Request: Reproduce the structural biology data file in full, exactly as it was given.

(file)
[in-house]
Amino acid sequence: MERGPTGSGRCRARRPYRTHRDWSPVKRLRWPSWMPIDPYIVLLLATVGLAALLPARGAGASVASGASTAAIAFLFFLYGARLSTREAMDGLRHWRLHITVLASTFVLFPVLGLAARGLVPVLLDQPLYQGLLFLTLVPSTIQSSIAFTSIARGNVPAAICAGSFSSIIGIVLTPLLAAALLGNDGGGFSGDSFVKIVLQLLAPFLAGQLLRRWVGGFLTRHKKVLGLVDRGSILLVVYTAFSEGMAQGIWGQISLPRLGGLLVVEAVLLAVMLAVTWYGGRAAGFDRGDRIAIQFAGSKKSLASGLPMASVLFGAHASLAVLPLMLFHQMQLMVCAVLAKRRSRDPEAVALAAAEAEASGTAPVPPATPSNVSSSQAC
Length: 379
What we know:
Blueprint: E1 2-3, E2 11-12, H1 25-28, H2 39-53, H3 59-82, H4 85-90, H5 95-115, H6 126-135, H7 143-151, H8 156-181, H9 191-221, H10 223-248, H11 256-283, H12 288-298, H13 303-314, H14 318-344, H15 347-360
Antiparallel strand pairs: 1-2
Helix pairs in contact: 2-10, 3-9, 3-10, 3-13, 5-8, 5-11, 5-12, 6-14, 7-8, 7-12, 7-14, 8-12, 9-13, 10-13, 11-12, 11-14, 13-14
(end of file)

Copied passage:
[in-house]
Amino acid sequence: MERGPTGSGRCRARRPYRTHRDWSPVKRLRWPSWMPIDPYIVLLLATVGLAALLPARGAGASVASGASTAAIAFLFFLYGARLSTREAMDGLRHWRLHITVLASTFVLFPVLGLAARGLVPVLLDQPLYQGLLFLTLVPSTIQSSIAFTSIARGNVPAAICAGSFSSIIGIVLTPLLAAALLGNDGGGFSGDSFVKIVLQLLAPFLAGQLLRRWVGGFLTRHKKVLGLVDRGSILLVVYTAFSEGMAQGIWGQISLPRLGGLLVVEAVLLAVMLAVTWYGGRAAGFDRGDRIAIQFAGSKKSLASGLPMASVLFGAHASLAVLPLMLFHQMQLMVCAVLAKRRSRDPEAVALAAAEAEASGTAPVPPATPSNVSSSQAC
Length: 379
What we know:
Blueprint: E1 2-3, E2 11-12, H1 25-28, H2 39-53, H3 59-82, H4 85-90, H5 95-115, H6 126-135, H7 143-151, H8 156-181, H9 191-221, H10 223-248, H11 256-283, H12 288-298, H13 303-314, H14 318-344, H15 347-360
Antiparallel strand pairs: 1-2
Helix pairs in contact: 2-10, 3-9, 3-10, 3-13, 5-8, 5-11, 5-12, 6-14, 7-8, 7-12, 7-14, 8-12, 9-13, 10-13, 11-12, 11-14, 13-14